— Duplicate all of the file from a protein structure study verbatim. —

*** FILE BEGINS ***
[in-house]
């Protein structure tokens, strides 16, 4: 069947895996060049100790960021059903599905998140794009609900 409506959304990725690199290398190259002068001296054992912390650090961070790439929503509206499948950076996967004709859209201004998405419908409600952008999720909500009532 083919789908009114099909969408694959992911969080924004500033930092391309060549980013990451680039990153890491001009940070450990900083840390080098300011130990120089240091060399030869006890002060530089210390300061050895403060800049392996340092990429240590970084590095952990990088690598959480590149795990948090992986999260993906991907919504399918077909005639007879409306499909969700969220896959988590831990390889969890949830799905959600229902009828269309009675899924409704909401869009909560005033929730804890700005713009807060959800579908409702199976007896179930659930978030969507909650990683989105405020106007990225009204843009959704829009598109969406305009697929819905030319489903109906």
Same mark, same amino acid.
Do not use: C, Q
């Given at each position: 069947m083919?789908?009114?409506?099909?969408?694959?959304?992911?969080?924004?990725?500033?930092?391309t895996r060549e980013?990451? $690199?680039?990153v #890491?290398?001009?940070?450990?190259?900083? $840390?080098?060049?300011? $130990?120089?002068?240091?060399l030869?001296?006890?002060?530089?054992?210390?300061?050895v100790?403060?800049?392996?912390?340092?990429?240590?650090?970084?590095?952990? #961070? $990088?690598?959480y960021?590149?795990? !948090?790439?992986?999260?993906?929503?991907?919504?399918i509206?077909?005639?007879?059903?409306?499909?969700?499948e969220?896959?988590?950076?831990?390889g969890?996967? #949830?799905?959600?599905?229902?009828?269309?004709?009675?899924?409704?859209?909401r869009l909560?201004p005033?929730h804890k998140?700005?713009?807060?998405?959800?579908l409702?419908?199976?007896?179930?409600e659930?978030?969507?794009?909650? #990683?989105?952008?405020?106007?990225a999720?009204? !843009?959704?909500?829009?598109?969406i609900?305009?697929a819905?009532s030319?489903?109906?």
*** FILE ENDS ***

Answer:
[in-house]
């Protein structure tokens, strides 16, 4: 069947895996060049100790960021059903599905998140794009609900 409506959304990725690199290398190259002068001296054992912390650090961070790439929503509206499948950076996967004709859209201004998405419908409600952008999720909500009532 083919789908009114099909969408694959992911969080924004500033930092391309060549980013990451680039990153890491001009940070450990900083840390080098300011130990120089240091060399030869006890002060530089210390300061050895403060800049392996340092990429240590970084590095952990990088690598959480590149795990948090992986999260993906991907919504399918077909005639007879409306499909969700969220896959988590831990390889969890949830799905959600229902009828269309009675899924409704909401869009909560005033929730804890700005713009807060959800579908409702199976007896179930659930978030969507909650990683989105405020106007990225009204843009959704829009598109969406305009697929819905030319489903109906």
Same mark, same amino acid.
Do not use: C, Q
């Given at each position: 069947m083919?789908?009114?409506?099909?969408?694959?959304?992911?969080?924004?990725?500033?930092?391309t895996r060549e980013?990451? $690199?680039?990153v #890491?290398?001009?940070?450990?190259?900083? $840390?080098?060049?300011? $130990?120089?002068?240091?060399l030869?001296?006890?002060?530089?054992?210390?300061?050895v100790?403060?800049?392996?912390?340092?990429?240590?650090?970084?590095?952990? #961070? $990088?690598?959480y960021?590149?795990? !948090?790439?992986?999260?993906?929503?991907?919504?399918i509206?077909?005639?007879?059903?409306?499909?969700?499948e969220?896959?988590?950076?831990?390889g969890?996967? #949830?799905?959600?599905?229902?009828?269309?004709?009675?899924?409704?859209?909401r869009l909560?201004p005033?929730h804890k998140?700005?713009?807060?998405?959800?579908l409702?419908?199976?007896?179930?409600e659930?978030?969507?794009?909650? #990683?989105?952008?405020?106007?990225a999720?009204? !843009?959704?909500?829009?598109?969406i609900?305009?697929a819905?009532s030319?489903?109906?």